Ideate: 888.662.7238 | Imaginit: 415.593.6000
Author: Jim Cowan Revit, 3ds Max

Did you know can create and save a sequence of images from 3ds Max as a single file (AVI or MOV)?

By combining the best features from Revit and 3ds Max, it is possible to edit specific frames (images) within a movie. From Revit we get the required, linked building elements with their materials, and from 3ds Max we get the ability to render a sequence of PNG files. This workflow saves us the trouble of having to re-rendering the whole movie, say after removing reflecting materials, or making other edits.

 

 

In this video tutorial, Interoperability: Image Sequencing for Easy Editing, only the first 40 images of a 900 image sequence needed to be fixed. The first sequence had a reflective paver material that took 40 minutes to render in one frame. The second, “fixed,” sequence used a matte material that took about 20 minutes to render in one frame.

First Sequence with relective paver material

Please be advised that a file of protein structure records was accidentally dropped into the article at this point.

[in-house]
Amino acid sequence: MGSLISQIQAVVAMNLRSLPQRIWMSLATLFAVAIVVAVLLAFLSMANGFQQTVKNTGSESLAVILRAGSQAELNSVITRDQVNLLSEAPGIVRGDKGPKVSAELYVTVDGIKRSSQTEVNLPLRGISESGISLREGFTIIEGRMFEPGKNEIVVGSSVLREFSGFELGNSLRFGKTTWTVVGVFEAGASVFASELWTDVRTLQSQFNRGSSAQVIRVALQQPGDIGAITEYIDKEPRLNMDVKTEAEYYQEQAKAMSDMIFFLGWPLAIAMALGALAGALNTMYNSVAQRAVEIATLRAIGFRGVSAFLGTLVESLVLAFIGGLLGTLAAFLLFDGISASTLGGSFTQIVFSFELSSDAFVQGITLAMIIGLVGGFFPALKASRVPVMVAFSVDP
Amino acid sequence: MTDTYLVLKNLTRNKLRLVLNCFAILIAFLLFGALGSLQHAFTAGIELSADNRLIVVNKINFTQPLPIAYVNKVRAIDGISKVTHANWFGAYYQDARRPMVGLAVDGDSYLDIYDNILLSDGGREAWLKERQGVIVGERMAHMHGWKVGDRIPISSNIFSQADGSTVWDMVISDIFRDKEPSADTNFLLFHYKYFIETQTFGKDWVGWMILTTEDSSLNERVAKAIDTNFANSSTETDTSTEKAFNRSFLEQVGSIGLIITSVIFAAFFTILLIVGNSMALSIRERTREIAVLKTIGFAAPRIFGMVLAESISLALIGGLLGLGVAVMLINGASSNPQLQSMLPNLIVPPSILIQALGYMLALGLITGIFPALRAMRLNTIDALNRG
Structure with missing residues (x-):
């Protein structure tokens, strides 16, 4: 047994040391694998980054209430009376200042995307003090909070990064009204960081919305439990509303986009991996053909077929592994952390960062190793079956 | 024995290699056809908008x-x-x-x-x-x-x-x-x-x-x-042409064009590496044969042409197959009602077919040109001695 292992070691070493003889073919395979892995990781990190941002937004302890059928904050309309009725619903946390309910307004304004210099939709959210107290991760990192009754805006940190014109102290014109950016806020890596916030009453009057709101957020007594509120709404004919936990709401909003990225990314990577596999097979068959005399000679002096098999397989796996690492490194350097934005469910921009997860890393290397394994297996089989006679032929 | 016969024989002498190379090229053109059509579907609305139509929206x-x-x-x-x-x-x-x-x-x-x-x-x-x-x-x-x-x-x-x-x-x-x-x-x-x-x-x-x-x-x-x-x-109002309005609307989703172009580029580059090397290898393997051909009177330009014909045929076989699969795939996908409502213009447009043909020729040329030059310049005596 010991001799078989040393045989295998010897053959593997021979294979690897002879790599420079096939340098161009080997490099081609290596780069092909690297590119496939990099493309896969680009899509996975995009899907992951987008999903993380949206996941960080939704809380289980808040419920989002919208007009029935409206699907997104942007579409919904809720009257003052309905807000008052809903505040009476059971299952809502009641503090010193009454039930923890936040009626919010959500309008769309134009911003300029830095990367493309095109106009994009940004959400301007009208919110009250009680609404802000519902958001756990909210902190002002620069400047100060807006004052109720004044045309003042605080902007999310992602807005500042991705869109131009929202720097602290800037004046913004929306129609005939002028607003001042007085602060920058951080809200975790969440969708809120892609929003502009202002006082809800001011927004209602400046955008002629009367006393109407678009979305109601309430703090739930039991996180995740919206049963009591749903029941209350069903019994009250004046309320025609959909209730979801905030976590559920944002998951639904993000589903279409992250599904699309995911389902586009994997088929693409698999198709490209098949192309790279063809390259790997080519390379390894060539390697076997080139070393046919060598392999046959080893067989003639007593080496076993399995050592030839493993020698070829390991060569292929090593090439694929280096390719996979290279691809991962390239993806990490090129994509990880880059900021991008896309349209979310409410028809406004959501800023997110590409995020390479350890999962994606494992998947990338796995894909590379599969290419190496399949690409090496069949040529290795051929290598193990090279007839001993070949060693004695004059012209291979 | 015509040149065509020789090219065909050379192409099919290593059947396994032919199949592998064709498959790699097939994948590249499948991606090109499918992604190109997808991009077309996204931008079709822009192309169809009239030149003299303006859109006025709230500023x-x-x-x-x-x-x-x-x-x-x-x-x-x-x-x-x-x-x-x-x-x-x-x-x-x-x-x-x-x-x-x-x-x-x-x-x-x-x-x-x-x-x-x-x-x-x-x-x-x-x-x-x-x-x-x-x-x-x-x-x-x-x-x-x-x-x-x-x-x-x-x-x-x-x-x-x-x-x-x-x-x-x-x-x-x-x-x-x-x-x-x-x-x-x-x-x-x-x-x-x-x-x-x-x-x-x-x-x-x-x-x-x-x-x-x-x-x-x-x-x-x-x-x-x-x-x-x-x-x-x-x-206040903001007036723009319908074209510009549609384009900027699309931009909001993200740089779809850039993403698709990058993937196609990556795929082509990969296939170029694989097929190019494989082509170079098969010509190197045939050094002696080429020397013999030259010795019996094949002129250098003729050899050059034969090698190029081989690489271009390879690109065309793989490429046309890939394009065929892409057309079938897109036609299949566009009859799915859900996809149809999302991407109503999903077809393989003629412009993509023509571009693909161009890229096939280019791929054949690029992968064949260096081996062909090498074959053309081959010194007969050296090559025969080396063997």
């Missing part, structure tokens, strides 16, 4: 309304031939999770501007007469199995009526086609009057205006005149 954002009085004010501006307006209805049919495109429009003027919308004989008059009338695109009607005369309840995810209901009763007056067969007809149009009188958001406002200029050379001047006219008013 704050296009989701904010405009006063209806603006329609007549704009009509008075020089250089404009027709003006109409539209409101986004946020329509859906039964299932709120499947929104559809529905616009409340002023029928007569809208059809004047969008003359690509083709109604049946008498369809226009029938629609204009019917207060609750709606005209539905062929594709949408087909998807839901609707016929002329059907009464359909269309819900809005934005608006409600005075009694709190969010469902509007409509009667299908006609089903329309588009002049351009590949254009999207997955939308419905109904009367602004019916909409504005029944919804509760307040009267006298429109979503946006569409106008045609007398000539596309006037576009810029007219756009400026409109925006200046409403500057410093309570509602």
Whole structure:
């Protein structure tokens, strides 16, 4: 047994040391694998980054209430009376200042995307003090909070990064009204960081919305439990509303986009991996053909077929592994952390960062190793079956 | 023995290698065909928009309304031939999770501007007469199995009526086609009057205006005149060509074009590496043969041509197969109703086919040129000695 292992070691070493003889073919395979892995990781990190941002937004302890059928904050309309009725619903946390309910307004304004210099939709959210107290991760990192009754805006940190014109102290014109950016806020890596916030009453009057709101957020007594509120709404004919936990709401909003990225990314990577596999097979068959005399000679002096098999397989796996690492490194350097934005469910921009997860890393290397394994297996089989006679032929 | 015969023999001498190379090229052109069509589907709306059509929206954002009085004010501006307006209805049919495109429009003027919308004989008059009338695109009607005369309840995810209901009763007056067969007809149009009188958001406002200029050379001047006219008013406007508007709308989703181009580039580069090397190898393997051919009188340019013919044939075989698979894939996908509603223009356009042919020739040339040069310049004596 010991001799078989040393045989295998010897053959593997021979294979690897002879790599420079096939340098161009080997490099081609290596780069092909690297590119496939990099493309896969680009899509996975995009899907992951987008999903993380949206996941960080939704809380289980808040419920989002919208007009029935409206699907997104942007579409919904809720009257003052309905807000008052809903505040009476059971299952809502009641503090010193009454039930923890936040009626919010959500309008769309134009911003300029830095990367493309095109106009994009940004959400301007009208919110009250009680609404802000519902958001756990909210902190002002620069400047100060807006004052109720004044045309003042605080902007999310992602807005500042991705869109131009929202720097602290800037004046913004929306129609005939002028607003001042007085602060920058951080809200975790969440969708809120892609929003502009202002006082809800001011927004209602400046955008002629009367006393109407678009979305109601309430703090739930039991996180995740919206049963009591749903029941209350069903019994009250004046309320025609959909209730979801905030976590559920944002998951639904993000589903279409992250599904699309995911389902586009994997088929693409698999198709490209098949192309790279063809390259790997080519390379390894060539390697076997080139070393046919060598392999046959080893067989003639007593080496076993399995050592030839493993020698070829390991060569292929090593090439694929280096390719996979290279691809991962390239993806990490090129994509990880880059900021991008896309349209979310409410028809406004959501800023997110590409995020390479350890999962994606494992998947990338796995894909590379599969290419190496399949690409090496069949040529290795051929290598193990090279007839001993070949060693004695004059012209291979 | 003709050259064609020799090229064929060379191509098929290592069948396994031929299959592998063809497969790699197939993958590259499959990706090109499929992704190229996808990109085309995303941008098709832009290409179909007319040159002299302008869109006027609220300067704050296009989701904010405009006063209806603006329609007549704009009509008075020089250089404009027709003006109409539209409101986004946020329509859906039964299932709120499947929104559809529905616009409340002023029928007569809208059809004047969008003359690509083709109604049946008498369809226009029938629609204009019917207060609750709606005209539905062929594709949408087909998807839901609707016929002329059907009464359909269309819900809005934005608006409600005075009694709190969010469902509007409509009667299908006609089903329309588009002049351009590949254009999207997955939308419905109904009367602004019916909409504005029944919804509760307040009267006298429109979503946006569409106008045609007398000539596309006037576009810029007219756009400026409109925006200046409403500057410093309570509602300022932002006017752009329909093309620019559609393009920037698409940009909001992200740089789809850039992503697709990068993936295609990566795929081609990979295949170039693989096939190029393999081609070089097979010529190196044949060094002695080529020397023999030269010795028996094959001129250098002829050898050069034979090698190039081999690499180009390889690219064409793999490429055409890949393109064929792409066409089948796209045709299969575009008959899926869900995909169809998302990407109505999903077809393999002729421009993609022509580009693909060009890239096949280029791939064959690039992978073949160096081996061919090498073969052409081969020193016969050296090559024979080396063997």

Second, fixed, sequence with matte paver material

The building used for this example is a proposed prefabricated house, designed by Lt. Russell M. Amdal and featured in Art and Architecture Case Studies, 1945.

Get more tips and tricks here.

For more information on the software solutions, training and consulting Ideate provides, please visit the Ideate Inc. homepage.


         Jim Cowan
Jim Cowan
AEC Senior Application Specialist

Jim Cowan’s extensive AEC design industry experience, Autodesk design solutions expertise, and status as an Autodesk Certified Instructor have made him a sought after university curriculum developer, instructor, and presenter. Jim’s areas of expertise include eLearning, interoperability between solutions, and overcoming barriers to the adoption of Building Information Modeling (BIM). Educated in Architecture at Edinburgh College of Art/Heriot–Watt University and in Landscape Architecture at the University of Manitoba, Jim has a special focus on sustainability issues: daylight analysis, sun studies, lighting analysis, modeling buildings, and conceptual energy modeling (models with shading devices). You can learn more from Jim on his YouTube Channel.